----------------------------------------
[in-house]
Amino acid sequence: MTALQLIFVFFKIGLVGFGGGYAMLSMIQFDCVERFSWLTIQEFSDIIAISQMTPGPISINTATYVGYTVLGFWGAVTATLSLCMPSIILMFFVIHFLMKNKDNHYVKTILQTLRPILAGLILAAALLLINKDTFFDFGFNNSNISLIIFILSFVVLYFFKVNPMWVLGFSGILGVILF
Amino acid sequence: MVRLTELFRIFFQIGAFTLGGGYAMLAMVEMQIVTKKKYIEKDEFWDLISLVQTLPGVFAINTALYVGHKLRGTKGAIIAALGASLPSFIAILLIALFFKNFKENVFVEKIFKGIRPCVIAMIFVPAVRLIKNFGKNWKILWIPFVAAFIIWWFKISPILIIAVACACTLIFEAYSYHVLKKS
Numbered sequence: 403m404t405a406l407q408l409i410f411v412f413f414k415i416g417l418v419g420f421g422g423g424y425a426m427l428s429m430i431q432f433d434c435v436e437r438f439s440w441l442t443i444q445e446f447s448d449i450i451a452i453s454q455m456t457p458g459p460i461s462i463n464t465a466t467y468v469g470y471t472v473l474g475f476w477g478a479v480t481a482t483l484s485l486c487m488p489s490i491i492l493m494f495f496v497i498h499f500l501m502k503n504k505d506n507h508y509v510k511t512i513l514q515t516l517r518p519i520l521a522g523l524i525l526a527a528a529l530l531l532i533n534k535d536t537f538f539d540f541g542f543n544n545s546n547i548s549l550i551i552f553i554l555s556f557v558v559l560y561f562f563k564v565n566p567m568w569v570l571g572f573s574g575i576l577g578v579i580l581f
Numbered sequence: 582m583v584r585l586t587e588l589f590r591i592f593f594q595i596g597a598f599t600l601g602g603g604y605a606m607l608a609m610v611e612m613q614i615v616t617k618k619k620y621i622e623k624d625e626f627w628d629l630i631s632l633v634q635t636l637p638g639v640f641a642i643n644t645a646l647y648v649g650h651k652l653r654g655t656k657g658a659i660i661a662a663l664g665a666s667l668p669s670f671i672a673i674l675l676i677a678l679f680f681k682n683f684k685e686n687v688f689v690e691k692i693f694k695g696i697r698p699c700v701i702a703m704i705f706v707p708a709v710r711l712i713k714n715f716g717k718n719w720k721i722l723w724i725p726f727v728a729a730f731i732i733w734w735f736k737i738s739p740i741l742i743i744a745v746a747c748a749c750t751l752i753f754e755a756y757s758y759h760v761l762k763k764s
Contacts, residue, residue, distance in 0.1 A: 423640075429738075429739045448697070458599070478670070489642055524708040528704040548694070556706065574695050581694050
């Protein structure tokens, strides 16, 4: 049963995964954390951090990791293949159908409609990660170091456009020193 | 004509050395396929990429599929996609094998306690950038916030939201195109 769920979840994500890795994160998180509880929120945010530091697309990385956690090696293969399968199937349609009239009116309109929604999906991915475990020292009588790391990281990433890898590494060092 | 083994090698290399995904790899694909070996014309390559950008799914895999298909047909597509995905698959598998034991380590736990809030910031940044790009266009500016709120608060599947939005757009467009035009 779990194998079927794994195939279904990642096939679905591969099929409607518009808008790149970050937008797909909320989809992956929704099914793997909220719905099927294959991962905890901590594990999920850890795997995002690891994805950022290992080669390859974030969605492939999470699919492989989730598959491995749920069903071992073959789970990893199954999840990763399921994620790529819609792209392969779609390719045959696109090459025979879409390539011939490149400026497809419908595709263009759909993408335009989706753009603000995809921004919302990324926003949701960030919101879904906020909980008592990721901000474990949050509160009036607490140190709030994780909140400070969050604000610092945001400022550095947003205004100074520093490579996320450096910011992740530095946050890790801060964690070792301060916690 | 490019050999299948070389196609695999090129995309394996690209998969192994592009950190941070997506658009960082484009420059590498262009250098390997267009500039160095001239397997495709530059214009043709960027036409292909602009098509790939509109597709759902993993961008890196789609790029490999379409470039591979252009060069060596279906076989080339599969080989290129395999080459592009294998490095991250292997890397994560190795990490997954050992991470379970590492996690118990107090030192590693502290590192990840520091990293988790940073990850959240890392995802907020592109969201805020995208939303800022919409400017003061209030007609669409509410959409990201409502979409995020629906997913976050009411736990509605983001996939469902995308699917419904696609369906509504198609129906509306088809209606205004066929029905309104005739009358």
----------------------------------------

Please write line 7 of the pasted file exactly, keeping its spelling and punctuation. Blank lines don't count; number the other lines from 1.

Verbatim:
């Protein structure tokens, strides 16, 4: 049963995964954390951090990791293949159908409609990660170091456009020193 | 004509050395396929990429599929996609094998306690950038916030939201195109 769920979840994500890795994160998180509880929120945010530091697309990385956690090696293969399968199937349609009239009116309109929604999906991915475990020292009588790391990281990433890898590494060092 | 083994090698290399995904790899694909070996014309390559950008799914895999298909047909597509995905698959598998034991380590736990809030910031940044790009266009500016709120608060599947939005757009467009035009 779990194998079927794994195939279904990642096939679905591969099929409607518009808008790149970050937008797909909320989809992956929704099914793997909220719905099927294959991962905890901590594990999920850890795997995002690891994805950022290992080669390859974030969605492939999470699919492989989730598959491995749920069903071992073959789970990893199954999840990763399921994620790529819609792209392969779609390719045959696109090459025979879409390539011939490149400026497809419908595709263009759909993408335009989706753009603000995809921004919302990324926003949701960030919101879904906020909980008592990721901000474990949050509160009036607490140190709030994780909140400070969050604000610092945001400022550095947003205004100074520093490579996320450096910011992740530095946050890790801060964690070792301060916690 | 490019050999299948070389196609695999090129995309394996690209998969192994592009950190941070997506658009960082484009420059590498262009250098390997267009500039160095001239397997495709530059214009043709960027036409292909602009098509790939509109597709759902993993961008890196789609790029490999379409470039591979252009060069060596279906076989080339599969080989290129395999080459592009294998490095991250292997890397994560190795990490997954050992991470379970590492996690118990107090030192590693502290590192990840520091990293988790940073990850959240890392995802907020592109969201805020995208939303800022919409400017003061209030007609669409509410959409990201409502979409995020629906997913976050009411736990509605983001996939469902995308699917419904696609369906509504198609129906509306088809209606205004066929029905309104005739009358």